The Tradition of One Thousand Paper Cranes
Are you familiar with the Japanese tradition of folding one thousand origami paper cranes?
“An ancient Japanese legend promises that anyone who folds a thousand origami cranes will be granted a wish by a crane, such as long life or recovery from illness or injury. In Asia, it is commonly said that folding 1000 paper origami cranes makes a person’s wish come true.”
I have always been enchanted by this tradition, and many years ago when the daughter of a friend was to be married, I even helped participate in the tradition by helping the bride fold a thousand cranes before her wedding day.
It is an act of diligence, of repetition, of bringing yourself and your heart to each crane.
I was reminded of this tradition today, as I contemplated the creation of this, my one thousandth post here at Oh Fair New Mexico.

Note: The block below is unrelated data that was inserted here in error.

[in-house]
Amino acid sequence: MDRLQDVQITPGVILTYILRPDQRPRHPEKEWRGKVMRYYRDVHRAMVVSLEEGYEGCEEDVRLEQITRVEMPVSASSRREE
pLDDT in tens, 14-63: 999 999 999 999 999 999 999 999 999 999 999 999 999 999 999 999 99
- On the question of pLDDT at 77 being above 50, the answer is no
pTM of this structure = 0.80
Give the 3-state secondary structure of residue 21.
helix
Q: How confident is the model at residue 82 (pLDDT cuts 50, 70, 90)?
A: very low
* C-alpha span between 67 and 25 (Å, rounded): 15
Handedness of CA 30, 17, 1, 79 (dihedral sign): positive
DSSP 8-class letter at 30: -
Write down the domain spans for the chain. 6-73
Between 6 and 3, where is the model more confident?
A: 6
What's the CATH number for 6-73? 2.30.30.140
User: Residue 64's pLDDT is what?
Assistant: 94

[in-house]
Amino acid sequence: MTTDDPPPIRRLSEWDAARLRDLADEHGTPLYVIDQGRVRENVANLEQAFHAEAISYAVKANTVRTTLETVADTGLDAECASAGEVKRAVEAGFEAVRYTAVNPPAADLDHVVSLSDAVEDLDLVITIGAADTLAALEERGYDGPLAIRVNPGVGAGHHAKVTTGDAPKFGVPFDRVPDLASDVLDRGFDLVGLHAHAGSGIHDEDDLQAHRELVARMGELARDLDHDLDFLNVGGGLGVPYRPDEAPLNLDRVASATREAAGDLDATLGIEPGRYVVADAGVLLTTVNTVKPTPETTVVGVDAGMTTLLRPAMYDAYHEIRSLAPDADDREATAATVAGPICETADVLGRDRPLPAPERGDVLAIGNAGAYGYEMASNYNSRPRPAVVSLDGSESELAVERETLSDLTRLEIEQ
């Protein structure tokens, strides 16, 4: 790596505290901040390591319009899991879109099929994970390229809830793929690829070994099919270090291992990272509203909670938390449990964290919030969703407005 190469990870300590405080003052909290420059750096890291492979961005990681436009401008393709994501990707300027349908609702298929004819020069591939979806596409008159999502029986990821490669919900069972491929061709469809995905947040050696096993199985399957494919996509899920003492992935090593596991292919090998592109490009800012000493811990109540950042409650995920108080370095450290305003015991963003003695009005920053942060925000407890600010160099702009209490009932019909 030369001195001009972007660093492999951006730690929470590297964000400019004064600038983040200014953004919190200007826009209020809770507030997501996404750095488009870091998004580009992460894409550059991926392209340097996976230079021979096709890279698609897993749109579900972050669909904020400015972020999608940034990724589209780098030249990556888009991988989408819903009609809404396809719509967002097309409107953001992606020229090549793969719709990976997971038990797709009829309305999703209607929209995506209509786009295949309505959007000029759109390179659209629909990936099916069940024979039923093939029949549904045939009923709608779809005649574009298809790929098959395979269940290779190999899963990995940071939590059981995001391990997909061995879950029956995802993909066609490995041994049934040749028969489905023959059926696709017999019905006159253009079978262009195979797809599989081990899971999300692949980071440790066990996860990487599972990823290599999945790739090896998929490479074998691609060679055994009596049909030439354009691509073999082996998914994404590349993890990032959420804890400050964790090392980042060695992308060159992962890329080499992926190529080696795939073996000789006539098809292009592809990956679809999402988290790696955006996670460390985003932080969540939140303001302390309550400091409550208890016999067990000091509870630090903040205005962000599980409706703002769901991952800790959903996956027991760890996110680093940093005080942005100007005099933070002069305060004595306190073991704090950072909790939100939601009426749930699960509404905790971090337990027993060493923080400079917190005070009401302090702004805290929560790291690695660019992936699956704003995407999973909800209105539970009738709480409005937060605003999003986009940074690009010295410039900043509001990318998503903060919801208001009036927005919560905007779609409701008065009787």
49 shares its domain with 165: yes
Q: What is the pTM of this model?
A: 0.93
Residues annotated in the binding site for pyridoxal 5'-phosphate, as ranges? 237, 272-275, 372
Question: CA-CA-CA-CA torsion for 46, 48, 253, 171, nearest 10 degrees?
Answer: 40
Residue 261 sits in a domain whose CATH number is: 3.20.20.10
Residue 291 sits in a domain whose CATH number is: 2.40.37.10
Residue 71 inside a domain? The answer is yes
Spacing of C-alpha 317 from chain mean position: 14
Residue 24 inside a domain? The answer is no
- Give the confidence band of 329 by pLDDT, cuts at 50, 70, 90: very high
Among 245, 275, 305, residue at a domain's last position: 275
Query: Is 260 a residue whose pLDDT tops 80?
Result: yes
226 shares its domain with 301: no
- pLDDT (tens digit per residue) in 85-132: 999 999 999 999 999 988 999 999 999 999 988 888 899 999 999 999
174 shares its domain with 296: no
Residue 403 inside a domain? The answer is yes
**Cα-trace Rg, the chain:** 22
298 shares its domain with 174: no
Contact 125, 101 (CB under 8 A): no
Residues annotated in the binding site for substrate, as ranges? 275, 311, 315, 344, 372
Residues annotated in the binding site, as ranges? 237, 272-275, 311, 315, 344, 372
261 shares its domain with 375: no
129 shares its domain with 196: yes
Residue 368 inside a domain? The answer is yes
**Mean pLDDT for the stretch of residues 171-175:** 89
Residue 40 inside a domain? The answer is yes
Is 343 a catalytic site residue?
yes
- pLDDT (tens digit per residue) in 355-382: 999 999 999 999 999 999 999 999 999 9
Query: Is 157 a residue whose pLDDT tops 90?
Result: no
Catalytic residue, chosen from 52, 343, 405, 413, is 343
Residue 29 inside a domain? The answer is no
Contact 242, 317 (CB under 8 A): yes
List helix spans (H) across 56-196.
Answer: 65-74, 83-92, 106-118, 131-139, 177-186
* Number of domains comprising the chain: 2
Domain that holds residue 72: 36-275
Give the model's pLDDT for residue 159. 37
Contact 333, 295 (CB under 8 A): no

Each post is, to me, like a beautiful origami crane, my own work of art constructed from the folds of my brain, the diligence of my psyche, and the creativity of my Muse.
The posts vary widely in topic and scope. I started out as a homesick New Mexican looking to assuage my guilt by talking about home. Three years later, it still holds that space for me, but it’s also grown well beyond, helping me to find my voice and my writing style.
I’m grateful to each and every reader who stops by and gives me their eyeballs for a few minutes. Especially those readers who have been here long enough to remember that The Good Man used to be The Cute Boy.
When I started this blog back in 2007, I hoped I’d be able to make it last for a year. I’ve well exceeded that goal.
So today, as I finish folding my one thousandth crane, I string them all together and let them take flight upon the wind. I’ve cast my cranes to the fates and I send them all out with the best of me on the wing.
Tomorrow, I’ll sit in front of a blank Word document and start again, folding the first crane in the next series of one thousand.
May we all make a beautiful wish that comes true.
Mine already did.
Image source: Hakobyan Hayk’s Blog